Pinhead In Action: Tashi's Internship

Tashi at work

Tashi at work

Our Pinhead Institute is a science-based educational organization whose mission is to build science literacy by connecting people to the natural world through interactive educational programs taught by world-renowned scientists and enthusiastic educators, mentors, and volunteers. Each year, Pinhead, a Smithsonian Affiliate, places regional students at renowned scientific institutions for six weeks to work with leading researchers in real world scientific settings. These are customized internship experiences based on student interest. This summer, Ridgway secondary school student Tashi Hackett is working at the University of California, San Francisco Department of Emergency Medicine under the guidance of Dr. Robert Rodiguez. Specifically, Tashi is involved with blunt trauma patients and critical care in the Emergency Department of one of the busiest hospitals in the U.S. During their internships, students are asked to post weekly blog reports about their experiences. Here is Tashi’s contribution.

I somewhat thought that the first day would be a mellow orientation and boy, my presumptions couldn’t have been further from the truth. The second I got there I was already working and getting oriented at the same time. The hospital is huge, the only level 1 trauma center in the county, and I happen to work right next to the emergency and ambulance entrance. We are currently doing a study that involves the relation of chest trauma and the usefulness of chest X-Rays and CT scans. It is pretty cool. I know that I can’t really talk much about it because HIPPA rules and stuff, but basically we ask doctors to complete a survey about a patient who has chest trauma and then we input the data. We are immersed in the E.R a lot and deal with a lot of the commotion going around us. So as I was saying, I expected not much to happen the first day (small town kid expectations), well, I was in for a ride. Within an hour, we had two car crashes come in, two stab victims arrive, and then in the next hour and half, a gunshot wound and another car crash. It was quite the busy day. I take off my scrubs, hop on the bus and train and finally head home. If this is any indication of what the future of my stay here will be then I am absolutely thrilled. This is exactly what I asked for and I am really looking forward to the rest of my internship.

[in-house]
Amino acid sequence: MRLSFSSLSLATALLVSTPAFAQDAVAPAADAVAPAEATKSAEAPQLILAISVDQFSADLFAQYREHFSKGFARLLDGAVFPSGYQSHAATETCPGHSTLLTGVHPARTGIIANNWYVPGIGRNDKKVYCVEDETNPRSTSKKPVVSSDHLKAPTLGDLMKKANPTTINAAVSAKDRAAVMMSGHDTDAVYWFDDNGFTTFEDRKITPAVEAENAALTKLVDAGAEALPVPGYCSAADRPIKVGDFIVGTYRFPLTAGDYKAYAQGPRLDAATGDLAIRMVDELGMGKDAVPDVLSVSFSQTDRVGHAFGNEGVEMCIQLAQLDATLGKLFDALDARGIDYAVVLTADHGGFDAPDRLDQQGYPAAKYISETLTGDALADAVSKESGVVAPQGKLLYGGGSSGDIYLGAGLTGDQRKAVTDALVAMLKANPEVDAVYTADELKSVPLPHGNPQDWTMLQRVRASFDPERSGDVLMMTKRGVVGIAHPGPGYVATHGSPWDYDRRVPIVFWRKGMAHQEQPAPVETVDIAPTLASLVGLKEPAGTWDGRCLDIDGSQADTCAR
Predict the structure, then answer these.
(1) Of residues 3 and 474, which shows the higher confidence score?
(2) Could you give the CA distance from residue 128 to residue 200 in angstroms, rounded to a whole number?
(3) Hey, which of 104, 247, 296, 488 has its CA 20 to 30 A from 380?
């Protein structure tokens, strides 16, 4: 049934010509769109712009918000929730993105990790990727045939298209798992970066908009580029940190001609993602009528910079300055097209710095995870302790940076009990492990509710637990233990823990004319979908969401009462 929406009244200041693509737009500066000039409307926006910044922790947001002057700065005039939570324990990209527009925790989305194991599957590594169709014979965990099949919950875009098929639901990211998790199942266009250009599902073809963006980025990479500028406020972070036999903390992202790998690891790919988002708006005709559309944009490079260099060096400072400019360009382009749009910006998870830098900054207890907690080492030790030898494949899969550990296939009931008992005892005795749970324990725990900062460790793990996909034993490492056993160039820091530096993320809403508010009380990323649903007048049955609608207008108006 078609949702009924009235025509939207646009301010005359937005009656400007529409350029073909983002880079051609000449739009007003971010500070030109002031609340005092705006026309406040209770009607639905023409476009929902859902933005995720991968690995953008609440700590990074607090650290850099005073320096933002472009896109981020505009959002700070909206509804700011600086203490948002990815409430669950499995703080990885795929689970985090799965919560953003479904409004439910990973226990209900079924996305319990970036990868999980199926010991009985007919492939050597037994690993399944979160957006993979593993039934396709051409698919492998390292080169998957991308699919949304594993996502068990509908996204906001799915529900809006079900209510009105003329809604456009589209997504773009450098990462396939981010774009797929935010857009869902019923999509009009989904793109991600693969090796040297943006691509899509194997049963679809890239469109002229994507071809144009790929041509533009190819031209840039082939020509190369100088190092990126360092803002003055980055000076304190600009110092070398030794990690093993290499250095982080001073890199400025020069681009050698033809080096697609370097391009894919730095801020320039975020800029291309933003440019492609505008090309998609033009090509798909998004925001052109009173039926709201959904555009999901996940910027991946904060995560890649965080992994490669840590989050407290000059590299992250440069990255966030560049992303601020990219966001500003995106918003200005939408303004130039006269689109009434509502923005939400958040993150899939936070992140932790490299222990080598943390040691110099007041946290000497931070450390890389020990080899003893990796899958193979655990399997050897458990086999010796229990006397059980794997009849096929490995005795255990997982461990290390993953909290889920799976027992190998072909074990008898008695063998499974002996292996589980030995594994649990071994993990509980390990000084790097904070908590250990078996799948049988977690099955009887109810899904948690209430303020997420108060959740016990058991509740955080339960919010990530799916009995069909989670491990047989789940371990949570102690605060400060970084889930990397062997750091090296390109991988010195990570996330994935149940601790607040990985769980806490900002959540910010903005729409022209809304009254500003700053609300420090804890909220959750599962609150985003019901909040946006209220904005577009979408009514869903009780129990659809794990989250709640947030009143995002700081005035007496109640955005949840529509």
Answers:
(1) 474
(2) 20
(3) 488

To learn more about the Pinhead Institute, make a donation to support these student experiences, or read other intern “Letters from the Field,” please visit www.pinheadinstitute.org today.

 

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